Can Mr Bush Seize Our Property for Protesting the Unjust Iraq War?

A former student has asked me about Mr Bush’s most recent Executive Order of July 17, 2007: “Executive Order Blocking Property of Certain Persons Who Threaten Stabilization Efforts in Iraq.” It essentially allows the confiscation of property and other financial assets from anyone deemed a threat to the ruthless and unnecessary conflict that is raging in the widowed land of Iraq. Or to be more precise, it could be used as a tool to stifle dissent and suppress protest.

Are our home furnishings safe from confiscation??

Its language is eerily reminiscent of the Espionage Act and Sedition Act that stifled free speech during World War I and beyond I might add. Those laws were draconian and not reflective of a so-called mature democracy. This Executive Order is chilling in its vagueness and potential harm it could cause to innocent, idealistic Americans opposed to the killing fields of Iraq.

One’s property under Mr Bush’s Executive Order could be seized. Are not there multiple Fifth Amendment guarantess of the sanctity of property and the protection of due process before confiscation?

Mr Bush’s E.O. is fraught with generalities that suggest an American could be arbitrarily sent to the poorhouse which is already bursting with the growth of poverty and immiseration in America. It states that assets can be taken for:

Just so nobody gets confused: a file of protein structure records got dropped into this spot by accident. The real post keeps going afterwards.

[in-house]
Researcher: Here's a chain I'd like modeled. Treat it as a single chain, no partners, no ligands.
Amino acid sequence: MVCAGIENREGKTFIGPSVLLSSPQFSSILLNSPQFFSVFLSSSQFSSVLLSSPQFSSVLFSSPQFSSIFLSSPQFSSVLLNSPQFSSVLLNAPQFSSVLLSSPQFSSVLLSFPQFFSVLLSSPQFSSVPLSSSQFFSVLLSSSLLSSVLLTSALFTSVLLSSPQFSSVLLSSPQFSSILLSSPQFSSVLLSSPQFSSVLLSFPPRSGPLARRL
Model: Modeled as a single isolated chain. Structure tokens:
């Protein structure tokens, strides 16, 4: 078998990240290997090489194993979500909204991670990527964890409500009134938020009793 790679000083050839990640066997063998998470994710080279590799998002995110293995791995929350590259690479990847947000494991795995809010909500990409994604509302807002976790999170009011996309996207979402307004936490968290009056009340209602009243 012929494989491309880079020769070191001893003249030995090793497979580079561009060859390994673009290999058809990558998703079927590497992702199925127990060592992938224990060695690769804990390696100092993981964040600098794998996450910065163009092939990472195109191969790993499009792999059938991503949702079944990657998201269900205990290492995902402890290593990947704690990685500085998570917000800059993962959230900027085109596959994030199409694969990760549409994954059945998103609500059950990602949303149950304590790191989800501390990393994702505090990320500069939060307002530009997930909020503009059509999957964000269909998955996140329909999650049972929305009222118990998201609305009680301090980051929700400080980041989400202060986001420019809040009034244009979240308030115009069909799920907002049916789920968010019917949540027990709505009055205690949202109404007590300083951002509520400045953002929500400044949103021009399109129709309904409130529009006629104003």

(A) threatening the peace or stability of Iraq or the Government of Iraq.

(B) undermining efforts to promote economic reconstruction and political reform in Iraq or to provide humanitarian assistance to the Iraqi people.

These conditions are extremely broad and imprecise. Does protest against the war constitute “threatening the stability?” Does denouncing the American occupation of Iraq and establishing a puppet government, that is a prisoner within the Green Zone with NO governing authority, “undermine political reform?”

Executive Orders are sometimes appropriate but in this instance is intended to bypass critical Congressional scrutiny which is more likely after the Democratic majorities arrived in January 2007. I doubt if the Congress would have allowed this threat of arbitrary seizure to have occurred through legislation or at least it would have been drafted in a manner that does not confer confiscatory powers that a dictatorship would envy. E.O.s do have the force of law which is why presidents, particularly those facing Congressional opposition, relish issuing them but they can be challenged in the courts and altered by subsequent Congressional legislation, which would of course require a presidential signature.

War is a threat to democracy. It does not enhance its dissemination despite posturing from its architects. The United States in this war has experienced significant loss of freedoms and this latest foray into eviscerating our civil liberties is an example. The Patriot Act has been used to bar foreign scholars; The F.I.S.A. has been ignored with illegal, warrantless wiretaps; American citizens have been arrested but denied access to counsel. The list is getting larger as the Bush administration is reaching a stage of desperation as its dreams of American hegemonic rule in the Middle East are crashing under the weight of I.E.D.s as the body count of Americans killed in action inevitably grinds on toward 4,000.

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